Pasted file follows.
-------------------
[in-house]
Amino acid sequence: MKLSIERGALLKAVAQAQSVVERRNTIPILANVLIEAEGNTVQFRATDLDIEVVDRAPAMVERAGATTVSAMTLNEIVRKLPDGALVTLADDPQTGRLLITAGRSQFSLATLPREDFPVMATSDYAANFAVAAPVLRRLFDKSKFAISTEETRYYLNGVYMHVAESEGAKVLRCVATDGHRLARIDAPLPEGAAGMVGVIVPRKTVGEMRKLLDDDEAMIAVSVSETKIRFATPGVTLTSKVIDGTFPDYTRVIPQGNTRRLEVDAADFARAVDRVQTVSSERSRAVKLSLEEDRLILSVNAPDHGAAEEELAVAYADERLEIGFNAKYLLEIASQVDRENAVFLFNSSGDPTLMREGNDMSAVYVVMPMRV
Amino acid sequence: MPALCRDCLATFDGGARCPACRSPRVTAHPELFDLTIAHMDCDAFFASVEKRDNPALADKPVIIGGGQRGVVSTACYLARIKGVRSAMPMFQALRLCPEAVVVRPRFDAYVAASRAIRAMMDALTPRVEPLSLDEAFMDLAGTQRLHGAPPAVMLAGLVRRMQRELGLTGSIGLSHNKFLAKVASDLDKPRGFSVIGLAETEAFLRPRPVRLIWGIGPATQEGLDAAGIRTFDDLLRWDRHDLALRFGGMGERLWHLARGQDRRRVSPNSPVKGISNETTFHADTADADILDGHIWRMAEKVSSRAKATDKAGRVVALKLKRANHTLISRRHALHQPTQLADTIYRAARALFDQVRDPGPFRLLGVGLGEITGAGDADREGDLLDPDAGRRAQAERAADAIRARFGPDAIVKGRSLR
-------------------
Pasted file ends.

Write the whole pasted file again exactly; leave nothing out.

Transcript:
[in-house]
Amino acid sequence: MKLSIERGALLKAVAQAQSVVERRNTIPILANVLIEAEGNTVQFRATDLDIEVVDRAPAMVERAGATTVSAMTLNEIVRKLPDGALVTLADDPQTGRLLITAGRSQFSLATLPREDFPVMATSDYAANFAVAAPVLRRLFDKSKFAISTEETRYYLNGVYMHVAESEGAKVLRCVATDGHRLARIDAPLPEGAAGMVGVIVPRKTVGEMRKLLDDDEAMIAVSVSETKIRFATPGVTLTSKVIDGTFPDYTRVIPQGNTRRLEVDAADFARAVDRVQTVSSERSRAVKLSLEEDRLILSVNAPDHGAAEEELAVAYADERLEIGFNAKYLLEIASQVDRENAVFLFNSSGDPTLMREGNDMSAVYVVMPMRV
Amino acid sequence: MPALCRDCLATFDGGARCPACRSPRVTAHPELFDLTIAHMDCDAFFASVEKRDNPALADKPVIIGGGQRGVVSTACYLARIKGVRSAMPMFQALRLCPEAVVVRPRFDAYVAASRAIRAMMDALTPRVEPLSLDEAFMDLAGTQRLHGAPPAVMLAGLVRRMQRELGLTGSIGLSHNKFLAKVASDLDKPRGFSVIGLAETEAFLRPRPVRLIWGIGPATQEGLDAAGIRTFDDLLRWDRHDLALRFGGMGERLWHLARGQDRRRVSPNSPVKGISNETTFHADTADADILDGHIWRMAEKVSSRAKATDKAGRVVALKLKRANHTLISRRHALHQPTQLADTIYRAARALFDQVRDPGPFRLLGVGLGEITGAGDADREGDLLDPDAGRRAQAERAADAIRARFGPDAIVKGRSLR